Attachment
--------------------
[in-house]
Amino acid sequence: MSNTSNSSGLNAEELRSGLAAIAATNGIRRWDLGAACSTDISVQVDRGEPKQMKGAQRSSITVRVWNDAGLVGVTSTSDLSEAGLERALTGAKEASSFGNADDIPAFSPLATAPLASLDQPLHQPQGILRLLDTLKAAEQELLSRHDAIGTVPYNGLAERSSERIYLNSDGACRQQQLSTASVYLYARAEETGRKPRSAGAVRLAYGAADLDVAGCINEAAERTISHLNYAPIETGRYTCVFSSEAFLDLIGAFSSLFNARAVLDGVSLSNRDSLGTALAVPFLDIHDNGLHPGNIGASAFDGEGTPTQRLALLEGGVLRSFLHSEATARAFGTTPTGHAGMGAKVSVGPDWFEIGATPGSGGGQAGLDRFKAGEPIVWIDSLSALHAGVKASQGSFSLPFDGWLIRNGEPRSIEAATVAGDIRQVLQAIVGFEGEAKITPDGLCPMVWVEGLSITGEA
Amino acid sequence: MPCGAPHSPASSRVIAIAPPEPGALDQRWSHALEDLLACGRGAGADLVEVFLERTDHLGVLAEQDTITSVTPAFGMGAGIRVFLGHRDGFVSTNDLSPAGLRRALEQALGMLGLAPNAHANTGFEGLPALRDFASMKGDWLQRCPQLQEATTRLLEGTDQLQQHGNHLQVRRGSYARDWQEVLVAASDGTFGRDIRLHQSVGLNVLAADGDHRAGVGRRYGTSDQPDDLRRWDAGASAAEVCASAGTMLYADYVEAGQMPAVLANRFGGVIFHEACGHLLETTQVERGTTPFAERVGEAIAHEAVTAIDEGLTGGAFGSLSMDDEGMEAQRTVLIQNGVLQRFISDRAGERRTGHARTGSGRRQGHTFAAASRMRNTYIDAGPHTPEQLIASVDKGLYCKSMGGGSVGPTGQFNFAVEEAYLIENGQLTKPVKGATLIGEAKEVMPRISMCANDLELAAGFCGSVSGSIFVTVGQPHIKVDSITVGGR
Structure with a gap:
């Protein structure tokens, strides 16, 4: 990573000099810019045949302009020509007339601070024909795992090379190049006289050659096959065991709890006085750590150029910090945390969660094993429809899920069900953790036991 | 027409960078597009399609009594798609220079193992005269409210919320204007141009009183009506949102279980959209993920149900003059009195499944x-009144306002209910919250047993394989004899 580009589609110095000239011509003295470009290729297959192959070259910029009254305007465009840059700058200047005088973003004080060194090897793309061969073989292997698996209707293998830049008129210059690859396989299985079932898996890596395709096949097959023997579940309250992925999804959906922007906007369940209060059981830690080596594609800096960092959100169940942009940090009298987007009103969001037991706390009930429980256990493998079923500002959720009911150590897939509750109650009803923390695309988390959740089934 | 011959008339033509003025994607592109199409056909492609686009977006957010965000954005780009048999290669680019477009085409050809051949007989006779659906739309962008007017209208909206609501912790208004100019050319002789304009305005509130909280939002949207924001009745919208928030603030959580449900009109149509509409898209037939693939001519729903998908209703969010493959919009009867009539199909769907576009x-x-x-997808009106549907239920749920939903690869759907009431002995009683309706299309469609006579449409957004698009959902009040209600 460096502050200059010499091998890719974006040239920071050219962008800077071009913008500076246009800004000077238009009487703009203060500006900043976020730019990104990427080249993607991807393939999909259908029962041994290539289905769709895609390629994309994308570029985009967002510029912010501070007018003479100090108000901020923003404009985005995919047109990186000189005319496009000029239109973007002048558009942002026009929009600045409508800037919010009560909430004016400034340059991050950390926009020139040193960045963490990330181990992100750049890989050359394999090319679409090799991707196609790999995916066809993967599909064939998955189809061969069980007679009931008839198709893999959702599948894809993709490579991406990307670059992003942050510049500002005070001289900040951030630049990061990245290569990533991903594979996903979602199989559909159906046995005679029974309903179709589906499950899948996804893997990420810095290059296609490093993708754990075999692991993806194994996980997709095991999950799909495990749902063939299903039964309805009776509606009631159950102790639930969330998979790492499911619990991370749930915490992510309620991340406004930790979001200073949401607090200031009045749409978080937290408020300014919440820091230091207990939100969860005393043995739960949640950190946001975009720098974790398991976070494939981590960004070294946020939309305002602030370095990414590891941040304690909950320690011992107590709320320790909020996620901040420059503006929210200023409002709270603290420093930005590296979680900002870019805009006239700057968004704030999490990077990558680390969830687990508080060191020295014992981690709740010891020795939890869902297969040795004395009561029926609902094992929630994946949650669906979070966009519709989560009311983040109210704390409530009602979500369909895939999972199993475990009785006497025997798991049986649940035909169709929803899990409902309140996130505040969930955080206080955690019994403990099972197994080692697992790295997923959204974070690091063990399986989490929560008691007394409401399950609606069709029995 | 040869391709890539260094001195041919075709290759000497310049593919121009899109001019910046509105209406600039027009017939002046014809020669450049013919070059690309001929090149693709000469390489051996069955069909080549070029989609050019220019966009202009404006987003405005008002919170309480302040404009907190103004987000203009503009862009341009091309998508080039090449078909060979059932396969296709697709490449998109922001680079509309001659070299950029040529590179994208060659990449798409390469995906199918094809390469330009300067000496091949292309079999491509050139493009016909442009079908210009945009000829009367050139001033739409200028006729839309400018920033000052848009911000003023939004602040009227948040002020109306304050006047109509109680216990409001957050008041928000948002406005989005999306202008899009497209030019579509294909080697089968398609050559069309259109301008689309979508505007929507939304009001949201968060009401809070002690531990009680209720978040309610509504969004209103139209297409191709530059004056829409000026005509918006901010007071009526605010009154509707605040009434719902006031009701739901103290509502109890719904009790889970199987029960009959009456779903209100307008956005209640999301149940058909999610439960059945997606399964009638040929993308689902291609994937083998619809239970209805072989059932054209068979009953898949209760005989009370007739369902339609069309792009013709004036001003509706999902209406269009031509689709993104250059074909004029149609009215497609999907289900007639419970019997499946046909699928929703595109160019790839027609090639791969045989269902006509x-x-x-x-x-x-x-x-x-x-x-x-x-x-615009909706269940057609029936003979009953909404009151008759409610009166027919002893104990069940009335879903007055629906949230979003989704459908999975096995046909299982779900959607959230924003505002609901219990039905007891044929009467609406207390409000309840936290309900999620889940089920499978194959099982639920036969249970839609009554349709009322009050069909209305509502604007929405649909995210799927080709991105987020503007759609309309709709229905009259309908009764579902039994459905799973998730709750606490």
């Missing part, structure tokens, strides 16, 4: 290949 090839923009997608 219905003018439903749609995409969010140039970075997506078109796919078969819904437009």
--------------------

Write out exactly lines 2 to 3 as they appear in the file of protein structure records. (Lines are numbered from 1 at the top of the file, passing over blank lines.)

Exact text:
Amino acid sequence: MSNTSNSSGLNAEELRSGLAAIAATNGIRRWDLGAACSTDISVQVDRGEPKQMKGAQRSSITVRVWNDAGLVGVTSTSDLSEAGLERALTGAKEASSFGNADDIPAFSPLATAPLASLDQPLHQPQGILRLLDTLKAAEQELLSRHDAIGTVPYNGLAERSSERIYLNSDGACRQQQLSTASVYLYARAEETGRKPRSAGAVRLAYGAADLDVAGCINEAAERTISHLNYAPIETGRYTCVFSSEAFLDLIGAFSSLFNARAVLDGVSLSNRDSLGTALAVPFLDIHDNGLHPGNIGASAFDGEGTPTQRLALLEGGVLRSFLHSEATARAFGTTPTGHAGMGAKVSVGPDWFEIGATPGSGGGQAGLDRFKAGEPIVWIDSLSALHAGVKASQGSFSLPFDGWLIRNGEPRSIEAATVAGDIRQVLQAIVGFEGEAKITPDGLCPMVWVEGLSITGEA
Amino acid sequence: MPCGAPHSPASSRVIAIAPPEPGALDQRWSHALEDLLACGRGAGADLVEVFLERTDHLGVLAEQDTITSVTPAFGMGAGIRVFLGHRDGFVSTNDLSPAGLRRALEQALGMLGLAPNAHANTGFEGLPALRDFASMKGDWLQRCPQLQEATTRLLEGTDQLQQHGNHLQVRRGSYARDWQEVLVAASDGTFGRDIRLHQSVGLNVLAADGDHRAGVGRRYGTSDQPDDLRRWDAGASAAEVCASAGTMLYADYVEAGQMPAVLANRFGGVIFHEACGHLLETTQVERGTTPFAERVGEAIAHEAVTAIDEGLTGGAFGSLSMDDEGMEAQRTVLIQNGVLQRFISDRAGERRTGHARTGSGRRQGHTFAAASRMRNTYIDAGPHTPEQLIASVDKGLYCKSMGGGSVGPTGQFNFAVEEAYLIENGQLTKPVKGATLIGEAKEVMPRISMCANDLELAAGFCGSVSGSIFVTVGQPHIKVDSITVGGR